The work he’s referring to is Social Sensory Architectures, an ongoing research project Sean leads that fuses advanced technology, textile design, engineering and architecture to develop sensorially-rich environments for children with ASD.
The project was born in 2014 when Sean, a rare architectural breed who creates textile structures using computational design and material systems, saw an opportunity to connect with his then five-year-old daughter who relies heavily on touch to interact with and understand the world around her.
“Researching the area of human behaviour was critical in facing the challenges with Ara and her autism; trying to understand her multi-faceted, nuanced and ingenious forms of communication and how that varies so greatly with our conventional understanding of parenting and the neuro-typical child.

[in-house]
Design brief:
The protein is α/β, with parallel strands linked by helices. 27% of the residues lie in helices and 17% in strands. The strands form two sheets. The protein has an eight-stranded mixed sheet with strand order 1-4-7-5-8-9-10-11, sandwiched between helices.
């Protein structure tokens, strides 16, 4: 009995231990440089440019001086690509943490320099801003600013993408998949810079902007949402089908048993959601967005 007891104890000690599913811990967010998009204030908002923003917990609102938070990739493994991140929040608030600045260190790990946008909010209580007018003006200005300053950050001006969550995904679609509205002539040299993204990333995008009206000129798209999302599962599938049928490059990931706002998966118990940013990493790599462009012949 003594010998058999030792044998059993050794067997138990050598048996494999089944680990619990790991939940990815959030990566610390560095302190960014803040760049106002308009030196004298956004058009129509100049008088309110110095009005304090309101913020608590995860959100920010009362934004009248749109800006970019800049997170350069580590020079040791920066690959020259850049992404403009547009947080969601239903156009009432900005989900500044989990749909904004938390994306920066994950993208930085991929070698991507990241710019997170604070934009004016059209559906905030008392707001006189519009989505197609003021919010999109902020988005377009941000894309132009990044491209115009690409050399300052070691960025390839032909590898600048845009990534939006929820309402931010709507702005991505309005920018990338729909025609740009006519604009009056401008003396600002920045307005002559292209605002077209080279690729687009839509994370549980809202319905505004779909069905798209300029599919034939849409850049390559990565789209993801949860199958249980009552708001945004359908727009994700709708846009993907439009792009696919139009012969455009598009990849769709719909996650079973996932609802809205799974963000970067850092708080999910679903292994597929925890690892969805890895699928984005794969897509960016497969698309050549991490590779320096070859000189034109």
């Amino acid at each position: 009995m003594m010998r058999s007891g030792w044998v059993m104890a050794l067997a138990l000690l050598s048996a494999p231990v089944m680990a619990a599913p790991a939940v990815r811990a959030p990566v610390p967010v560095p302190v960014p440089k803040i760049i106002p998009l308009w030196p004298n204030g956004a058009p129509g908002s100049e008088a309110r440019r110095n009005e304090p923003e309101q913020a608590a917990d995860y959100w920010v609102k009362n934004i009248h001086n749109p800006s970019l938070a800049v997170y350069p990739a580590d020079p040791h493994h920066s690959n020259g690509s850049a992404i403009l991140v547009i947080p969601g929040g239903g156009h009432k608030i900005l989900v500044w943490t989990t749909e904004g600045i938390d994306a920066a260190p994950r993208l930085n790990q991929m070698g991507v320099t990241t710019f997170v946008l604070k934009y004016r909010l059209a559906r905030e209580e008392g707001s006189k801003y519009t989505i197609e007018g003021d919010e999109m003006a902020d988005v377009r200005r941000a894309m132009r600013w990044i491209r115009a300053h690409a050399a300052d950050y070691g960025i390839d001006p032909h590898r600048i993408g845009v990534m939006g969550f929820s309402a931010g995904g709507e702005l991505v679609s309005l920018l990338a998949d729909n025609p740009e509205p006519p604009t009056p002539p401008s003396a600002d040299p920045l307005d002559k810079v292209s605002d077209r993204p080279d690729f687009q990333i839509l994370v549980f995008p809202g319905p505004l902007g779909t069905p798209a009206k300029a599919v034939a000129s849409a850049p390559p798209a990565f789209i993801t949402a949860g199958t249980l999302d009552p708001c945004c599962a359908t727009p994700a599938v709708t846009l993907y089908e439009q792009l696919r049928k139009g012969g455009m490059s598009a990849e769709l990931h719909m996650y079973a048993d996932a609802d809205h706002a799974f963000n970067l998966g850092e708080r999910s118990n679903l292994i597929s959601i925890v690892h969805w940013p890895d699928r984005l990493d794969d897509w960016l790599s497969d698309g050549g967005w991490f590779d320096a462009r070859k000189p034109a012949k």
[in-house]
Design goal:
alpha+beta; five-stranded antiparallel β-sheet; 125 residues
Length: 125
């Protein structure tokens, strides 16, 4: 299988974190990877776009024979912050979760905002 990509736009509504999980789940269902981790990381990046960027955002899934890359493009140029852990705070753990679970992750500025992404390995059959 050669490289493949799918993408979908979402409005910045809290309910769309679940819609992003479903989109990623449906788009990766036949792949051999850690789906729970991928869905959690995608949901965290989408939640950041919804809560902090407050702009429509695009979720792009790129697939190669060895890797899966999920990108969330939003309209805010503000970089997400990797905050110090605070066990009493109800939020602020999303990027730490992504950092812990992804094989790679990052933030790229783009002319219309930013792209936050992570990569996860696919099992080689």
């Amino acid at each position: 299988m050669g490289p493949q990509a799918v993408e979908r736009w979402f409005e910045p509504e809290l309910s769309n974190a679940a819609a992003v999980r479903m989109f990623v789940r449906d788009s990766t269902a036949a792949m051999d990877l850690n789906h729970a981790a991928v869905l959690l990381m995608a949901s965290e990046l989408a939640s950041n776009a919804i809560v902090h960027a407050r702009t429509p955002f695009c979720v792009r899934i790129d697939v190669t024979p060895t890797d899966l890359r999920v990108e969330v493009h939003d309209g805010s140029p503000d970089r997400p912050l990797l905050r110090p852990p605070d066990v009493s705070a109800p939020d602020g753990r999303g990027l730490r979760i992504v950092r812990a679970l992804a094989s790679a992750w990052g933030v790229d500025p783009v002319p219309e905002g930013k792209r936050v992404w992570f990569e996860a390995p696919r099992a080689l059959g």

“It required abandoning my own intuition of what it means to be a parent. Doing this work was initially an avenue into learning about autism and Ara’s specific needs, and ultimately became means to connect with others – parents, practitioners, educators, advocates and scientists – all delving into the challenges facing individuals with autism.
An Associate Professor at the University of Michigan – Taubman College of Architecture and Urban Planning, Sean attributes the depth of his explorations to the multi-disciplinary span of collaborators he’s aligned with throughout the research; including researchers in kinesiology and psychiatry, and a range of Ara’s therapists and teachers - among others.